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amusing appearance Berosus Burchell catgut CHAPTER cheer chell child comfort continued cried Moses cried my wife cried the squire daugh daughter dear dressed eldest favour Flamborough fortune friendship gaoler gave gentleman girls give going gooseberry guilt happy heart Heaven honest honour hope horse Jenkinson knew letter Livy look madam Manetho manner marriage married ment miseries Miss Wilmot morning musical glasses neighbour ness never night observed Ocellus Lucanus Oliver Goldsmith Olivia once pain papa passion perceived perfectly pleased pleasure poor post chaise postilion pounds present prison promise rapture received replied resolved rest returned rich round scarce seemed sir William sister soon Sophia specta stranger sure tell thee thing Thornhill Thornhill's thou thought tion town turn VICAR OF WAKEFIELD virtue wretched young lady
Page 52 - No flocks, that range the valley free, To slaughter I condemn ; Taught by that Power that pities me, I learn to pity them : " But from the mountain's grassy side A guiltless feast I bring ; A scrip with herbs and fruits supplied, And water from the spring. " Then, pilgrim, turn, thy cares forego ; All earthborn cares are wrong : Man wants but little here below, Nor wants that little long.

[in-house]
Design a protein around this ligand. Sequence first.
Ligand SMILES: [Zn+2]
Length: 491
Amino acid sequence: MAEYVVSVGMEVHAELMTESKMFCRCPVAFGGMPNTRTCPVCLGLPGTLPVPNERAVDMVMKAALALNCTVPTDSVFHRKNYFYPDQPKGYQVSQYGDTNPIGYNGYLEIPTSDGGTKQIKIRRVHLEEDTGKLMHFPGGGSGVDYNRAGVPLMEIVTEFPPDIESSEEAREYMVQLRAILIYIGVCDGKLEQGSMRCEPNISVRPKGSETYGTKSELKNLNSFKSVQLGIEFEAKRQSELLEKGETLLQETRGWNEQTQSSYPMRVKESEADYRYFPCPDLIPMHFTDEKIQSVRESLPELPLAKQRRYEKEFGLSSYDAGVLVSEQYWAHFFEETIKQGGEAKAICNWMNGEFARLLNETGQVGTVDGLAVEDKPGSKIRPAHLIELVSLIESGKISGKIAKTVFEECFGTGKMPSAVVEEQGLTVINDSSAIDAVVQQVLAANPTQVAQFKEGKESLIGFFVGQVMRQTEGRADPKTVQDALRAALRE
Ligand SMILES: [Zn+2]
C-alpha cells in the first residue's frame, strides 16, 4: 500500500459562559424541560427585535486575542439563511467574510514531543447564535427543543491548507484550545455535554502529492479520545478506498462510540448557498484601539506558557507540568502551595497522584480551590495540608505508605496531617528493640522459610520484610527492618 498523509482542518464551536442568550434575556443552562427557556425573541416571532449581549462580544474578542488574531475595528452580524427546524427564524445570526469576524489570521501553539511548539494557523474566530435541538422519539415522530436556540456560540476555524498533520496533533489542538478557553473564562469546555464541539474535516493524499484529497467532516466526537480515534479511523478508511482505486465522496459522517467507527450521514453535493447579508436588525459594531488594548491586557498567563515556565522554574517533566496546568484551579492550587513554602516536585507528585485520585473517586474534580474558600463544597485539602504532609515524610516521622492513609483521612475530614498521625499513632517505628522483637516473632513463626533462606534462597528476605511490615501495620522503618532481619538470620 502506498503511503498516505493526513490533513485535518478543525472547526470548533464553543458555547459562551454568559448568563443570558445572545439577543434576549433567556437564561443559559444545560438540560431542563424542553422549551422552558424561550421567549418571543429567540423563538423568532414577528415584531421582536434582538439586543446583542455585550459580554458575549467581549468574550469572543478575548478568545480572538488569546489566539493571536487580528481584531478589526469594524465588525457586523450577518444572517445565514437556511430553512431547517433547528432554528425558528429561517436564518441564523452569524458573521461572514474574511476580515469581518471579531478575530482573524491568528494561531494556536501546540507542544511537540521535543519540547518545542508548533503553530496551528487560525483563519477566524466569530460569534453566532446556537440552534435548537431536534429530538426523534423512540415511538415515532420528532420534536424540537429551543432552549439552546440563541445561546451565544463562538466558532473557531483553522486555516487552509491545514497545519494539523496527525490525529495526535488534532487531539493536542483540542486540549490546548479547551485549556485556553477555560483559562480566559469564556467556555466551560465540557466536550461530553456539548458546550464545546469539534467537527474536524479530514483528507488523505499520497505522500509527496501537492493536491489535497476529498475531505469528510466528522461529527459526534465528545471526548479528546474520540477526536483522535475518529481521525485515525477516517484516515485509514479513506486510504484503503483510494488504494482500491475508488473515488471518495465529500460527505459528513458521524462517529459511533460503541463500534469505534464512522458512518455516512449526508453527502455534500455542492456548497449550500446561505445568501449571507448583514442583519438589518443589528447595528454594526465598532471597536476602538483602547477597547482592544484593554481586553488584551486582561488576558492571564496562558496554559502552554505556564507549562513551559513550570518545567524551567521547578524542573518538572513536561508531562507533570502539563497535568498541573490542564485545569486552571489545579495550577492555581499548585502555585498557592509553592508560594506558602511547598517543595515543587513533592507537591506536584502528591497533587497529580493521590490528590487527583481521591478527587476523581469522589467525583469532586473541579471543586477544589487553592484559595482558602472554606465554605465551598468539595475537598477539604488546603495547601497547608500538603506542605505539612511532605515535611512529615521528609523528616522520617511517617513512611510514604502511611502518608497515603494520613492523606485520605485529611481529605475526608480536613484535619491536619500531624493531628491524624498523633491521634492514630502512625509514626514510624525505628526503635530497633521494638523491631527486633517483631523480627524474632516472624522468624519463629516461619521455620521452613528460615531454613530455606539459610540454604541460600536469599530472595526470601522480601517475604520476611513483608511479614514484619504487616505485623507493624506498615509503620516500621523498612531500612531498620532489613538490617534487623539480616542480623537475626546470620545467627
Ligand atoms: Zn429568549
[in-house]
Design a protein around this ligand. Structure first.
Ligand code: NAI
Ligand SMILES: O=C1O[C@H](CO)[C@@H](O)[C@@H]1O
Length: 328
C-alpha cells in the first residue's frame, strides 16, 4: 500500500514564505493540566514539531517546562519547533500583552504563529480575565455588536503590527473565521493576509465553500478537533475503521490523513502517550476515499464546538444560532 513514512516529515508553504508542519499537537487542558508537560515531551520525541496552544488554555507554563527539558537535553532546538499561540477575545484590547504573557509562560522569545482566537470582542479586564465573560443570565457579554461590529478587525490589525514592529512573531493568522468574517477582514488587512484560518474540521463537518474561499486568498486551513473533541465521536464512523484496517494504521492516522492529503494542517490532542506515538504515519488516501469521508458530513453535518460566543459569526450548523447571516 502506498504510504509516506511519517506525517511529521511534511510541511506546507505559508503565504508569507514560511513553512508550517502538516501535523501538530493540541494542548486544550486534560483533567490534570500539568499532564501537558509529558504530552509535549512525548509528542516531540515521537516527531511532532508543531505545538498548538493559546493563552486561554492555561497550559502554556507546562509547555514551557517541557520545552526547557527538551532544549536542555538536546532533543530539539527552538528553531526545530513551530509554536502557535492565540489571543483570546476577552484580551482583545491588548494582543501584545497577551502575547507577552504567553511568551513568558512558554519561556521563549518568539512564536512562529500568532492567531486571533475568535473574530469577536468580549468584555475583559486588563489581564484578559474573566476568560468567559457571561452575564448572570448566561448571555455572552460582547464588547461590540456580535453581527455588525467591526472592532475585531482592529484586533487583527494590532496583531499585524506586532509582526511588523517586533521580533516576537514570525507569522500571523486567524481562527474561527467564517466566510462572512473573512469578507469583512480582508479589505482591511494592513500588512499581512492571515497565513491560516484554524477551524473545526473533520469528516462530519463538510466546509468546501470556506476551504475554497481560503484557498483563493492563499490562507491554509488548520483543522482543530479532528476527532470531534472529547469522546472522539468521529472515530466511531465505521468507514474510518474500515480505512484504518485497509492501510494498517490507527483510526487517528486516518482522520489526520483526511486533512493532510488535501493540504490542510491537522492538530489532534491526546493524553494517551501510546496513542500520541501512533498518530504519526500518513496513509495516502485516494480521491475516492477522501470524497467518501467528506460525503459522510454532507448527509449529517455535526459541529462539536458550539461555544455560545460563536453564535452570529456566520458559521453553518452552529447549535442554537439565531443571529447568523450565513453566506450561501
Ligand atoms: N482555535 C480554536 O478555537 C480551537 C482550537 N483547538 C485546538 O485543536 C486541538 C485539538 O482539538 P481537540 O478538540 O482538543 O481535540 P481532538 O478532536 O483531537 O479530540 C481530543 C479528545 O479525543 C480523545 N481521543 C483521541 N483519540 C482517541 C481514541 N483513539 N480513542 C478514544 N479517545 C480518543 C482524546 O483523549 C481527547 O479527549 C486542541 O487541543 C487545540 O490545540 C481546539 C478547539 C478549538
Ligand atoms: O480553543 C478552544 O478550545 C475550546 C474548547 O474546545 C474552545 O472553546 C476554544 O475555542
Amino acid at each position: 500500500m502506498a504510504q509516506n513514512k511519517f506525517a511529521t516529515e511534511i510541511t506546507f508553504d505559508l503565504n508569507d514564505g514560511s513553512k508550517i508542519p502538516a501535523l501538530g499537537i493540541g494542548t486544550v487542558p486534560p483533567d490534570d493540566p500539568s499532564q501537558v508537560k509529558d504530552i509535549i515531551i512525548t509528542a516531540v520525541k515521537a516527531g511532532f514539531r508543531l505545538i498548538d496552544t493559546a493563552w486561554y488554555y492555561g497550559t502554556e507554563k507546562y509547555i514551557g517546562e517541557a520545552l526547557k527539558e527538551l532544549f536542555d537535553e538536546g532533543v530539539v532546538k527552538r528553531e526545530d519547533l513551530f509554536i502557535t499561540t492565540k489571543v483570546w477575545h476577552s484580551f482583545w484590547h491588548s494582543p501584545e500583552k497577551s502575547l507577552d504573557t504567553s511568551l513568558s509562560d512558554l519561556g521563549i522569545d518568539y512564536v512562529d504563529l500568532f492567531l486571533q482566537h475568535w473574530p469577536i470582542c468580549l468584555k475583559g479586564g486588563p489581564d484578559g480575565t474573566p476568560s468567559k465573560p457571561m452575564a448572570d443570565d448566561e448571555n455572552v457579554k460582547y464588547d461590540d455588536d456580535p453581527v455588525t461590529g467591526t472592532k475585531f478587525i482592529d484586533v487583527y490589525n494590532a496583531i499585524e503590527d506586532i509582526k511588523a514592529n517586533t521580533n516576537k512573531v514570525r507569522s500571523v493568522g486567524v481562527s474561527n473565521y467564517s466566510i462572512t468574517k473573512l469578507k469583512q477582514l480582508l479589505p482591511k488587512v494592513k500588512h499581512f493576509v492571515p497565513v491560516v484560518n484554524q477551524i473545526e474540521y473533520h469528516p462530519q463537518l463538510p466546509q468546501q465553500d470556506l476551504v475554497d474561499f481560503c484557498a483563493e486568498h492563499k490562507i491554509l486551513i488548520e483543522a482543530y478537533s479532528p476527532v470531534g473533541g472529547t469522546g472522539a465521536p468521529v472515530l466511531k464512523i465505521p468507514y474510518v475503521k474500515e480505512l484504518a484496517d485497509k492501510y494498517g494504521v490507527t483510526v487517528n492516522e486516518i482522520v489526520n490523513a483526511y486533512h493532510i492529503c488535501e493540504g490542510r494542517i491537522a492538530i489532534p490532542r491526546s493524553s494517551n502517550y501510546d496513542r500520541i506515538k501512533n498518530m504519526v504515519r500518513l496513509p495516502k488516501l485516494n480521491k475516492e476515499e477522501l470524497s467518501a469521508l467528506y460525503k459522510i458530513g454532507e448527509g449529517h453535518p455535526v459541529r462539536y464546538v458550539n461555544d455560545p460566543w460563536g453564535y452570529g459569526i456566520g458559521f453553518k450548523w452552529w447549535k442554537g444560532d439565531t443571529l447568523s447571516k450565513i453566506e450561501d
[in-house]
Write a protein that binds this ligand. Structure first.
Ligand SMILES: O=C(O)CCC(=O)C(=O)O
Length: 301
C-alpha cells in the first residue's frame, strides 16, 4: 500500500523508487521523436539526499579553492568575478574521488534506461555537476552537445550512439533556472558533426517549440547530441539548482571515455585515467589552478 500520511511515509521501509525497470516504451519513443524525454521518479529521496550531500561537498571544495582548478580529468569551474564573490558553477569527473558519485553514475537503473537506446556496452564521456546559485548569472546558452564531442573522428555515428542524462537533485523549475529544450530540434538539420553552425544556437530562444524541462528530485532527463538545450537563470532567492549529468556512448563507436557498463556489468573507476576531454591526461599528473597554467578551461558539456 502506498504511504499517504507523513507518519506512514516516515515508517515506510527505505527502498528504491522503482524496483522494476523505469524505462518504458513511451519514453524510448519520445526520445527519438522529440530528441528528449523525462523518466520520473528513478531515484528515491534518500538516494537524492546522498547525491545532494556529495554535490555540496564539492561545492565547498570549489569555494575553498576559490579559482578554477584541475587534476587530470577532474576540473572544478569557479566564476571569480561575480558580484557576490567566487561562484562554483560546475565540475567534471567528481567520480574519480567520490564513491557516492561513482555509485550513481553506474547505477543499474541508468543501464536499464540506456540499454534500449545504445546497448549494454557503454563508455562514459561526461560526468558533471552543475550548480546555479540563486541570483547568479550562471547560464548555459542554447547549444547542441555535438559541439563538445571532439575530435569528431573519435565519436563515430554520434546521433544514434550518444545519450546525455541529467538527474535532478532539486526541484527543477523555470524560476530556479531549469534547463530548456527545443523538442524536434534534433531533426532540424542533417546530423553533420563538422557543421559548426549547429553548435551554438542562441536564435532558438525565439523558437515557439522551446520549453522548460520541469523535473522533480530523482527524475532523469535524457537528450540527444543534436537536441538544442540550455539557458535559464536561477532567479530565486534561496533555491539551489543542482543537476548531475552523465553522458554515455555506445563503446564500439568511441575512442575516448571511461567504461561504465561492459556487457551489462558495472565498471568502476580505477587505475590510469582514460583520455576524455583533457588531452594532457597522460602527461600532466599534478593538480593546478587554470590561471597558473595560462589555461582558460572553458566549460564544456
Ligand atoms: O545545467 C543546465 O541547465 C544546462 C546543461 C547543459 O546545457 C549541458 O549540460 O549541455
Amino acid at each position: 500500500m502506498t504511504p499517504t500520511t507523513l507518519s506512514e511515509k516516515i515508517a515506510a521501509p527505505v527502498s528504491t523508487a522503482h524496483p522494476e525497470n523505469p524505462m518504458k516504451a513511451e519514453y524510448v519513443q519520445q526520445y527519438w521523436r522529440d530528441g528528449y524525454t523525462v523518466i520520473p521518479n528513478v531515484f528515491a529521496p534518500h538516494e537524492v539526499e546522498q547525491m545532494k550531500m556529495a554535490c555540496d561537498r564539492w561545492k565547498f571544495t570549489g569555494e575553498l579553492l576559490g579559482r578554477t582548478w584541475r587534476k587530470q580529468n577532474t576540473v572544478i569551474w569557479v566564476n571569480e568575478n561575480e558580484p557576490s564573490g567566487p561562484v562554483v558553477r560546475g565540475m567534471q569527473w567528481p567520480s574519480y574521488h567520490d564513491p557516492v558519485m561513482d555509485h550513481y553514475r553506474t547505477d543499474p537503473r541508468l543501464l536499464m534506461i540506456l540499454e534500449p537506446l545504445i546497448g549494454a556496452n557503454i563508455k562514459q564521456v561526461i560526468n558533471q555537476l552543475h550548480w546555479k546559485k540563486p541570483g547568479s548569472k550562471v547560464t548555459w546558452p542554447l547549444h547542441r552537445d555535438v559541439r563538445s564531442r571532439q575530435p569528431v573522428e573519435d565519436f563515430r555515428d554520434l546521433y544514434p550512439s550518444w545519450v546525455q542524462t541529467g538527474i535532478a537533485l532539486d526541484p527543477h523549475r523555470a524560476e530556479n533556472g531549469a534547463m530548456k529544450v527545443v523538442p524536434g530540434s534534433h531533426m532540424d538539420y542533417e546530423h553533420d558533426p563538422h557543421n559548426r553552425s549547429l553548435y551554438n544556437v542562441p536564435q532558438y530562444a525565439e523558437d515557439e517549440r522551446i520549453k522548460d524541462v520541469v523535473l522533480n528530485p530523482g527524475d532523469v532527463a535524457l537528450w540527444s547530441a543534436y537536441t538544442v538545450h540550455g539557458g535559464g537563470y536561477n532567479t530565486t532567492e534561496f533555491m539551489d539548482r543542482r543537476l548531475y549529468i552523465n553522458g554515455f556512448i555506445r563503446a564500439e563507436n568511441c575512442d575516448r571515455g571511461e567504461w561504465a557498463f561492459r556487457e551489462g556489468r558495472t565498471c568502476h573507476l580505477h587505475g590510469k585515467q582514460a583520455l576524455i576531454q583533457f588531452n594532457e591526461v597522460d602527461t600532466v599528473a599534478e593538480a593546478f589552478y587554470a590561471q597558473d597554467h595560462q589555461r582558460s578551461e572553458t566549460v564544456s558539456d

Page 51 - Forbear, my son," the Hermit cries, " To tempt the dangerous gloom ; For yonder faithless phantom flies To lure thee to thy doom. " Here to the houseless child of want My door is open still; And though my portion is but scant, I give it with good will.
Page 55 - But let a maid thy pity share, Whom love has taught to stray ; Who seeks for rest, but finds despair Companion of her way.
Page 88 - you are wrong : he should not have known them at all." " Marry, hang the idiot !" returned she, " to bring me such stuff! if I had them, I would throw them in the fire." " There again you are wrong, my dear...
Page 207 - WHEN lovely woman stoops to folly And finds too late that men betray, What charm can soothe her melancholy, What art can wash her guilt away ? The only art her guilt to cover, To hide her shame from every eye, To give repentance to her lover, And wring his bosom — is to die.
Page 128 - And in that town a dog was found, As many dogs there be, Both mongrel, puppy, whelp, and hound, And curs of low degree. This dog and man at first were friends ; But when a pique began, The dog, to gain some private ends, Went mad and bit the man.
Page 2 - As we lived near the road, we often had the traveller or stranger visit us to taste our gooseberry wine, for which we had great reputation; and I profess, with the veracity of an historian, that I never knew one of them find fault with it.
Page 4 - Germany, while other courtiers came with their treasures, brought his thirty-two childreni and presented them to his sovereign, as the most valuable offering he had to bestow. In this manner, though I had but six, I considered them as a very valuable present made to my country, and, consequently, looked upon it as my debtor.